The Blurry Years: A Novel by Eleanor Kriseman

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I wanted to stop driving, even if where we stopped wasn’t home. I wanted my world to narrow to one point again, to stay the same in front of my eyes, wanted the landscape to stop blurring as we sped by life instead of living it. We were in limbo.

A coming of age set in the late seventies early eighties Florida. This isn’t the sunshine state all the tourists and snowbirds know and love. There aren’t trips to theme parks and lazy beach days with coolers full of food and drinks, a parent’s watchful eye for her. Callie (Calliope) grows up starved for more than food and a place to call home. Affection and attention is fleeting, she is exposed to the seedy side of life where her mother Jeanie can’t keep herself together let alone be a role model for her child. The places she lives have thin walls, too much noise, bugs, rodents. The fun her mother and friends have when they aren’t working crummy jobs is full of partying, and conversations her young mind can’t decipher, nor should she be exposed to. The men that surround her life don’t concern themselves much with age, young girls are all the more appealing.

Just when her mother gets herself into a jam, they decide to return to her grandmother June’s place in Eugene, Oregon. It’s the very place her mother Jeanie fled so long ago, but the best laid plans often go awry. Callie is her mother’s rag doll, dragged along, at the mercy of her whims. For a time, Callie feasts on love and stability when they shack up with Jeanie’s best friend Starr and she wonders how long this happiness, as thin as it is, will last. Her desire feels muddled, inducing shame and hunger, changing the way she thinks about women, men and love all because of her adoration of Starr. The only constant in Callie’s life is that her mother will get restless, or find trouble, surely the lull in the chaos of their existence won’t last; happiness for Callie rarely does.

When they are back in Florida again, Callie’s soul becomes as bruised as the Florida sky during a thunderstorm. Offering herself up to an older guy, desperate to feel wanted, loved, to feel anything but the emptiness of goodbyes. This wanting, over time because a sense of owing, owing people (mostly men) pleasure, payment for any drop of decency shown to her. With teachers lecturing on their usual spiel, ‘you can be anything’ and working as a babysitter for a wealthy couple she has to wonder if someone like her, who comes from nothing, could ever find her way to a fuller life. How do you believe in a bright future when the only evidence before you is contrary to your dreams? Or worse, what if you don’t even really have dreams because you’ve learned far too early that world is off limits to the likes of you. All you have been witness to is adults failing, living in the gutter, not one story worth latching unto? A mother who for all her presence is vacant, unable to share any intimacy with her daughter Callie, but is fast to drink with her, include her in her raunchy escapades. With a mother who encourages her into sleazy situations and then fails to protect her, how do you believe in a better tomorrow?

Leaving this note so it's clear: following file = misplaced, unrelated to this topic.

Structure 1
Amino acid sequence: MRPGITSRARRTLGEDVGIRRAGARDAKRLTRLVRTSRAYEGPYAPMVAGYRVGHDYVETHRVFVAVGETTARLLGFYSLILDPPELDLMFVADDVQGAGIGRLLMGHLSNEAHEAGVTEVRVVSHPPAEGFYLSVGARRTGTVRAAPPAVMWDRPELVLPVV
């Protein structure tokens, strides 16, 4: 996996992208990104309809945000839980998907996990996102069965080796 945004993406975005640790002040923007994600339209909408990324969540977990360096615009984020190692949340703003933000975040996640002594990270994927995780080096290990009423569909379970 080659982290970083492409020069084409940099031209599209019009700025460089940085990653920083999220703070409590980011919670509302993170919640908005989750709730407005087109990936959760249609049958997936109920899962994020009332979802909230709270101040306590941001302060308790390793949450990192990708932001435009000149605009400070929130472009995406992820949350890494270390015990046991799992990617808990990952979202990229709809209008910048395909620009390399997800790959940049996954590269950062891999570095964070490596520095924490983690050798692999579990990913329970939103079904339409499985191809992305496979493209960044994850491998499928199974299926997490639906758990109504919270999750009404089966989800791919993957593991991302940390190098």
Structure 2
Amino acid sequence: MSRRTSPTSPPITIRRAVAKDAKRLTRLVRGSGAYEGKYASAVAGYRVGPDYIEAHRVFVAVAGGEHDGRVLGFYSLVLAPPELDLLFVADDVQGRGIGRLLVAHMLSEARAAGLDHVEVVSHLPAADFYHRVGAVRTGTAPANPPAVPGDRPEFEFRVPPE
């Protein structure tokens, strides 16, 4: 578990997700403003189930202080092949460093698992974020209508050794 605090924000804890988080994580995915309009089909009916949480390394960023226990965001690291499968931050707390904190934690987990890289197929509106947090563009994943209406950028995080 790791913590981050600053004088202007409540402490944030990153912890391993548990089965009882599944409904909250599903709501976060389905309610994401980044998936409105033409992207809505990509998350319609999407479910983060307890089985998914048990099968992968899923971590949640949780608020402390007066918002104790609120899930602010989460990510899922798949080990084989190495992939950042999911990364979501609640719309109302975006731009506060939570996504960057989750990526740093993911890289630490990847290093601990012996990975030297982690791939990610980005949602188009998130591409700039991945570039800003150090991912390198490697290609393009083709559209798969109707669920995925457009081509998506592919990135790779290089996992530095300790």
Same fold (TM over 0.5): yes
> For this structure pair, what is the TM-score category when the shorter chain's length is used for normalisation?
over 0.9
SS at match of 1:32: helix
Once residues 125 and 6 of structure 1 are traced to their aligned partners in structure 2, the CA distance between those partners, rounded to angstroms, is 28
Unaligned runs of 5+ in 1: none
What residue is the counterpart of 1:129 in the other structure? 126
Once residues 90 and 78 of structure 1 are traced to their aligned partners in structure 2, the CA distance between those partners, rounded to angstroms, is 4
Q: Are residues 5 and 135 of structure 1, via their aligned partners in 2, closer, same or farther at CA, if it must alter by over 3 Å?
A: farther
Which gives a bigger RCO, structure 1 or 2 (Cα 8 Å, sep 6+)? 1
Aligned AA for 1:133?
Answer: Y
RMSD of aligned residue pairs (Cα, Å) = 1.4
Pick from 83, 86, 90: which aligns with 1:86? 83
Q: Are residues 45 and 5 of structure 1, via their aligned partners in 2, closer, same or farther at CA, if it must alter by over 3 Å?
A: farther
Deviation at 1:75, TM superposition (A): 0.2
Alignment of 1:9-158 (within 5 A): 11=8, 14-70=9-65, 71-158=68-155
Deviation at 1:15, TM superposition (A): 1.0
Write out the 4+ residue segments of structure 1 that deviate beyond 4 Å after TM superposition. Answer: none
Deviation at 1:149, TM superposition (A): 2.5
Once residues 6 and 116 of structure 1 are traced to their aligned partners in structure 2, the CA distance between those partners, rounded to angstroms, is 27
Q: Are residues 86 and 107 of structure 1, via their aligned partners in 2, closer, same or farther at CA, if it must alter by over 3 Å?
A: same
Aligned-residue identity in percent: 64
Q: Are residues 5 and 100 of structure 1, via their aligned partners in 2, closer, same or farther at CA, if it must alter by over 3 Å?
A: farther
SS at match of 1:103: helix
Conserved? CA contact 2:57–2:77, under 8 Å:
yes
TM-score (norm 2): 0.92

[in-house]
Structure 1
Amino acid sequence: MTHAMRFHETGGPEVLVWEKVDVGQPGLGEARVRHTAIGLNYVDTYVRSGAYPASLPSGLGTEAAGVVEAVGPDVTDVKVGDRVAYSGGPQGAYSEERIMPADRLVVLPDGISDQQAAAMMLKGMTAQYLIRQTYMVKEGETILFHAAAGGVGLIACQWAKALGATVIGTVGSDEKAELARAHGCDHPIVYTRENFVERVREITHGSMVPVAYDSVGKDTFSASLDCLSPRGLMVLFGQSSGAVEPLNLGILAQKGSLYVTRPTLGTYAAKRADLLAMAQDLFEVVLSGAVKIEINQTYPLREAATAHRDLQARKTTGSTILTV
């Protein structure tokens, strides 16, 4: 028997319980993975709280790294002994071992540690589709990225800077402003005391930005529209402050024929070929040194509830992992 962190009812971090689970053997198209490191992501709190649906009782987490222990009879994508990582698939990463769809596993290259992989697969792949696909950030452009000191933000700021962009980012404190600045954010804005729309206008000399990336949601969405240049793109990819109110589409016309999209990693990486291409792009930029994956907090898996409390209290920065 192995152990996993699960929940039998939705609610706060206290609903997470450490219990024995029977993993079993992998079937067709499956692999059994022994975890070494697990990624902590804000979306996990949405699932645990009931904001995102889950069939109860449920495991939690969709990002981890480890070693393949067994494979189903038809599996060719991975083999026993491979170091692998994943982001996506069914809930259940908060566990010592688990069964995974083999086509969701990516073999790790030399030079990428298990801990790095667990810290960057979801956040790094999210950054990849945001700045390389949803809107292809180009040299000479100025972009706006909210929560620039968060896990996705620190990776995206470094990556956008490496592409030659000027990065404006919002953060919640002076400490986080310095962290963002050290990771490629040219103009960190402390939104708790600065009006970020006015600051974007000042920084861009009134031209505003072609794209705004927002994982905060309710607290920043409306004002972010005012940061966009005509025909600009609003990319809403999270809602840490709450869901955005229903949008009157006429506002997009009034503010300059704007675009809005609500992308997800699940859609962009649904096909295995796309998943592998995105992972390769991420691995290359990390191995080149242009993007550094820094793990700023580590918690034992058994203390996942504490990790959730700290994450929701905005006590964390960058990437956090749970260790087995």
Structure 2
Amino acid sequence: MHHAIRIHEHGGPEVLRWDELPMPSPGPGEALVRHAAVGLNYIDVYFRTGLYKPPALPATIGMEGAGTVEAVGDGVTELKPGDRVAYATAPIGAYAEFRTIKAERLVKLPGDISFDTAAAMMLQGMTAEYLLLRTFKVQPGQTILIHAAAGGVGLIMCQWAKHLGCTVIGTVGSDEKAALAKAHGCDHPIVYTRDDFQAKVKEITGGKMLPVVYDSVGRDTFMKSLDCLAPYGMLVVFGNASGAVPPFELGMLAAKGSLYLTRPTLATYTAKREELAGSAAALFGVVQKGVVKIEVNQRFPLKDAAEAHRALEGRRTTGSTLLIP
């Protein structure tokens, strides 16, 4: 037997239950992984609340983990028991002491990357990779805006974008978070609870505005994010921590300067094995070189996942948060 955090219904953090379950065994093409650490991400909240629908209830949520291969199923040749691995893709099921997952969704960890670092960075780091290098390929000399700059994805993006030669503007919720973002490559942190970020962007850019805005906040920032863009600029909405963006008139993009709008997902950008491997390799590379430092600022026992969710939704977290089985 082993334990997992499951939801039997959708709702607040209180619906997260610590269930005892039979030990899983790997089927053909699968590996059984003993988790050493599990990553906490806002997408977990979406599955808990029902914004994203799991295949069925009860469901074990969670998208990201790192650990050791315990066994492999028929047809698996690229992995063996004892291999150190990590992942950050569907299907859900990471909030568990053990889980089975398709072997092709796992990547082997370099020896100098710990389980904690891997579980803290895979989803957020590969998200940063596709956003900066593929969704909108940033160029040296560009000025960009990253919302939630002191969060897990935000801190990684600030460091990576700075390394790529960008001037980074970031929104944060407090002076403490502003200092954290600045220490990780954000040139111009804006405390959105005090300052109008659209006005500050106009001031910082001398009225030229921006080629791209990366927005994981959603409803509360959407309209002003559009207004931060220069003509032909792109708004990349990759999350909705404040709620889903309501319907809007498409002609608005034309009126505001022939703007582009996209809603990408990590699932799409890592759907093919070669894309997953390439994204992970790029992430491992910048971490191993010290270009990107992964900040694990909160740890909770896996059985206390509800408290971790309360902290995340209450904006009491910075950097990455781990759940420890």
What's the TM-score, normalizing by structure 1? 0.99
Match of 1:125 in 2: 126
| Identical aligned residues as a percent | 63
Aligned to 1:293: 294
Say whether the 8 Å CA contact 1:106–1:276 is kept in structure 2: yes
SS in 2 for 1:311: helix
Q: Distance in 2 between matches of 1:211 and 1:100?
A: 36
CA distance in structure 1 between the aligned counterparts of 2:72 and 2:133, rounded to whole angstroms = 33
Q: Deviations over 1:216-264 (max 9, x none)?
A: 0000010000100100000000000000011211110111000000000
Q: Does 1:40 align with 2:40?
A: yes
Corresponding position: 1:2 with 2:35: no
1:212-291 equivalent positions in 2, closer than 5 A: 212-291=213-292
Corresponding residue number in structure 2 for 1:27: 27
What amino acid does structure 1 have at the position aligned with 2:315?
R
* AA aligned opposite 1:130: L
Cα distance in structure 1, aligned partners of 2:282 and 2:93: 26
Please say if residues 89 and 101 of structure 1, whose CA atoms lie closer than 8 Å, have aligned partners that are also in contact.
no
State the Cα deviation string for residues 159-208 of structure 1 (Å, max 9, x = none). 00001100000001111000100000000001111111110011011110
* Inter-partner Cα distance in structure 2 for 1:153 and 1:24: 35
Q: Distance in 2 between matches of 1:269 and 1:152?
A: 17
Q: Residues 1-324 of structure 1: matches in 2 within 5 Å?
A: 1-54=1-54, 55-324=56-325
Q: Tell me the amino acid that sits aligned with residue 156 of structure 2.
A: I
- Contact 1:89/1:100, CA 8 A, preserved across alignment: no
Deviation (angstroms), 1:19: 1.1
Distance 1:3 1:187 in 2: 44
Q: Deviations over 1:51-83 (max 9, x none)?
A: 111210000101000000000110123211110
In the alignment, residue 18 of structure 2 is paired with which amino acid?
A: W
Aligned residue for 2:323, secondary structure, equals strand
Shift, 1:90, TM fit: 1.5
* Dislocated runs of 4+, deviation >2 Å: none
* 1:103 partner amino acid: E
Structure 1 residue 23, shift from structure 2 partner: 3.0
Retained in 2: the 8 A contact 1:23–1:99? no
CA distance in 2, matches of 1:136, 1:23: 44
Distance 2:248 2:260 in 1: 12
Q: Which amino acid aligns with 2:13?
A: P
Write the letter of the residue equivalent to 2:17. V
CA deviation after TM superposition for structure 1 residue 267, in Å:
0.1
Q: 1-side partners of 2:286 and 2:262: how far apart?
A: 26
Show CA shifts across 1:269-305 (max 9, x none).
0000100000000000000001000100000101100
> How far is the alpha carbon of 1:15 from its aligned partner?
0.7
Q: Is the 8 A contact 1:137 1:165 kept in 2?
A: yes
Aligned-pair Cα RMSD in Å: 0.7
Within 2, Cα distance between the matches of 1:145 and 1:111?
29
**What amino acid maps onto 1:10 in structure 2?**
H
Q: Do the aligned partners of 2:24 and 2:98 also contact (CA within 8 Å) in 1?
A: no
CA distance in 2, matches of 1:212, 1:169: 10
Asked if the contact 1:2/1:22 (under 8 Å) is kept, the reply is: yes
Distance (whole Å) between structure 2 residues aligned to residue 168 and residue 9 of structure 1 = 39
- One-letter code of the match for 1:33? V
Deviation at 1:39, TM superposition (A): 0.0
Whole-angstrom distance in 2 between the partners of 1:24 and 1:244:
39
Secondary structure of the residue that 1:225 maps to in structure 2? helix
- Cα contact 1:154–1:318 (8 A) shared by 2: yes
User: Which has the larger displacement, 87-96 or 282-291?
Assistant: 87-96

This novel is an all too familiar story where I am from. Don’t be mistaken, there are plenty of children living in poverty whose parents give them love and affection, who guide them. It just isn’t always the case that poverty equates with neglect, poverty makes things harder, there is a lot of wanting that goes unfulfilled but parents can still nuture their children. However, Jeanie is a disaster, the sort of mother who never seemed to develop beyond her own reckless teenage mentality. She hates her life, resents the adult responsibilities raising a child entails and while it’s possibly a cycle where help was absent when she was ready for it, that doesn’t excuse the neglect of Callie. Far too often kids around Florida grow up too fast, exposed as they are to adult chaos or worse, predators who have easy access thanks to their self-centered parents. A single mother who herself manipulates, plays men to get what she needs when she isn’t running from abusive relationships isn’t aware enough to shelter her girl from the world she constantly lands them in. The darkness is always lurking but the biggest threat to Callie may well be her own mother. At 171 pages it is a fast read, and yet gritty as our sandy beaches. It is tragic because it’s too real. Florida isn’t the only state with these types of stories, most people have at least one friend or someone they know of who had damaged parents and it doesn’t always end with the child breaking free one day. Some become like their parents despite their hunger for anything other than… some don’t make it out alive and numb themselves with drugs, abusive relationships… you name it. How will it be for Callie?

Out now

Two Dollar Radio

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Miracle Creek: A Novel by Angie Kim

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Did he think so much had already happened that nothing more could? But life doesn’t work like that. Tragedies don’t inoculate you against further tragedies, and misfortune doesn’t get sprinkled out in fair proportions; bad things get hurled at you in clumps and batches, unmanageable and messy. How could he not know that, after everything we’d been through?

This is a wonderfully written courtroom drama that not only tugged my emotional strings but had its twist at the end. Miracle Creek, Virginia, Young and Pak Yoo run an experimental medical treatment device known as the Miracle Submarine (pressurized oxygen chamber) that gives new hope to patients with varied maladies. All seems to be going swimmingly, until an explosion kills two patients within the chamber during a power outage. Others are also left with serious injuries. A trial asks, who had a reason to murder the victims because one thing is becoming more certain, it wasn’t an accident.